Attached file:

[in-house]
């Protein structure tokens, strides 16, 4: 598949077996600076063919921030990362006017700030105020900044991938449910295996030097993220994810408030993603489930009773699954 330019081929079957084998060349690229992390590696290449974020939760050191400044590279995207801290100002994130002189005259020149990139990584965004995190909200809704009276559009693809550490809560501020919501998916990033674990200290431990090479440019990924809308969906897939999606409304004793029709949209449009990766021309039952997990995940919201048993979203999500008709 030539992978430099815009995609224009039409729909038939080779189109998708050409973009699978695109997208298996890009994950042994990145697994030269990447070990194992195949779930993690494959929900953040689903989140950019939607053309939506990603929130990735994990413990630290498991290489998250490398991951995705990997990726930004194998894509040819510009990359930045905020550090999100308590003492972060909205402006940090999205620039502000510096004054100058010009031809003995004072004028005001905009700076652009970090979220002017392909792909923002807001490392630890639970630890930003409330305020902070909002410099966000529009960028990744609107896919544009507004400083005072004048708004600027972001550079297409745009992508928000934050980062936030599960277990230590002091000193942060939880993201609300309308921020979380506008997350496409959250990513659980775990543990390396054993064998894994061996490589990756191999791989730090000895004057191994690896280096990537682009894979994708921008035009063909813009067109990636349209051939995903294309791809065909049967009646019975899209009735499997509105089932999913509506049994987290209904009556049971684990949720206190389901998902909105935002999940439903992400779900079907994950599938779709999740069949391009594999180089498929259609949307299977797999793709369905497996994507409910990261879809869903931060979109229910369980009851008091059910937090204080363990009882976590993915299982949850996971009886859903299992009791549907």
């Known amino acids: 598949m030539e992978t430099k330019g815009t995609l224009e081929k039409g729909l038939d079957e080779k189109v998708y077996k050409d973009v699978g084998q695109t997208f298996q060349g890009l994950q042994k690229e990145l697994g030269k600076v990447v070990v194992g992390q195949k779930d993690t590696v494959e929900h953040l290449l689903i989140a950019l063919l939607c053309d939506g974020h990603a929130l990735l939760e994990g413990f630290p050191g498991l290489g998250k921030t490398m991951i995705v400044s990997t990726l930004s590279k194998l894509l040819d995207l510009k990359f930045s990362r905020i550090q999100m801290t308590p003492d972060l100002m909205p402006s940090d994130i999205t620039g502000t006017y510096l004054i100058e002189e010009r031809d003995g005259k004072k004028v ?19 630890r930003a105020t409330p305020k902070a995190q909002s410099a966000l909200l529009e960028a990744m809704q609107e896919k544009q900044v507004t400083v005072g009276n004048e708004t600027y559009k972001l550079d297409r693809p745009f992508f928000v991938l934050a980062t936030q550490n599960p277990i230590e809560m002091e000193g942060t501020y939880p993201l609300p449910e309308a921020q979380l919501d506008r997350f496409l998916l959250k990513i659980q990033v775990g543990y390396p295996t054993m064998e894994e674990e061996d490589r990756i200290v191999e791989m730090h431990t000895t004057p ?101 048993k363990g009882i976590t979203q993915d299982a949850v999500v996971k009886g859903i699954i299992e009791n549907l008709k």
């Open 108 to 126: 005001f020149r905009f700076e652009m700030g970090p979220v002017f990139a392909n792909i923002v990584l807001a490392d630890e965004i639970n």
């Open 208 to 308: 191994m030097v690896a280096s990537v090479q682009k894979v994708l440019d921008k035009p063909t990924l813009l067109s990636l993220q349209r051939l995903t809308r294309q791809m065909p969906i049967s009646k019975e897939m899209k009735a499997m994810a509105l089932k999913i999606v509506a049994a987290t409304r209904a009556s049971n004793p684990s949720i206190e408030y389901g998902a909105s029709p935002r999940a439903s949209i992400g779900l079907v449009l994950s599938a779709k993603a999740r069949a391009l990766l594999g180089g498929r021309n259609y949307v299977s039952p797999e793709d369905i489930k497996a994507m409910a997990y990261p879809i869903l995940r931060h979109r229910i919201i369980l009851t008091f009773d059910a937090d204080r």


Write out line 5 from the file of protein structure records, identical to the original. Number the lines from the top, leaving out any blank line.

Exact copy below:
């Open 208 to 308: 191994m030097v690896a280096s990537v090479q682009k894979v994708l440019d921008k035009p063909t990924l813009l067109s990636l993220q349209r051939l995903t809308r294309q791809m065909p969906i049967s009646k019975e897939m899209k009735a499997m994810a509105l089932k999913i999606v509506a049994a987290t409304r209904a009556s049971n004793p684990s949720i206190e408030y389901g998902a909105s029709p935002r999940a439903s949209i992400g779900l079907v449009l994950s599938a779709k993603a999740r069949a391009l990766l594999g180089g498929r021309n259609y949307v299977s039952p797999e793709d369905i489930k497996a994507m409910a997990y990261p879809i869903l995940r931060h979109r229910i919201i369980l009851t008091f009773d059910a937090d204080r």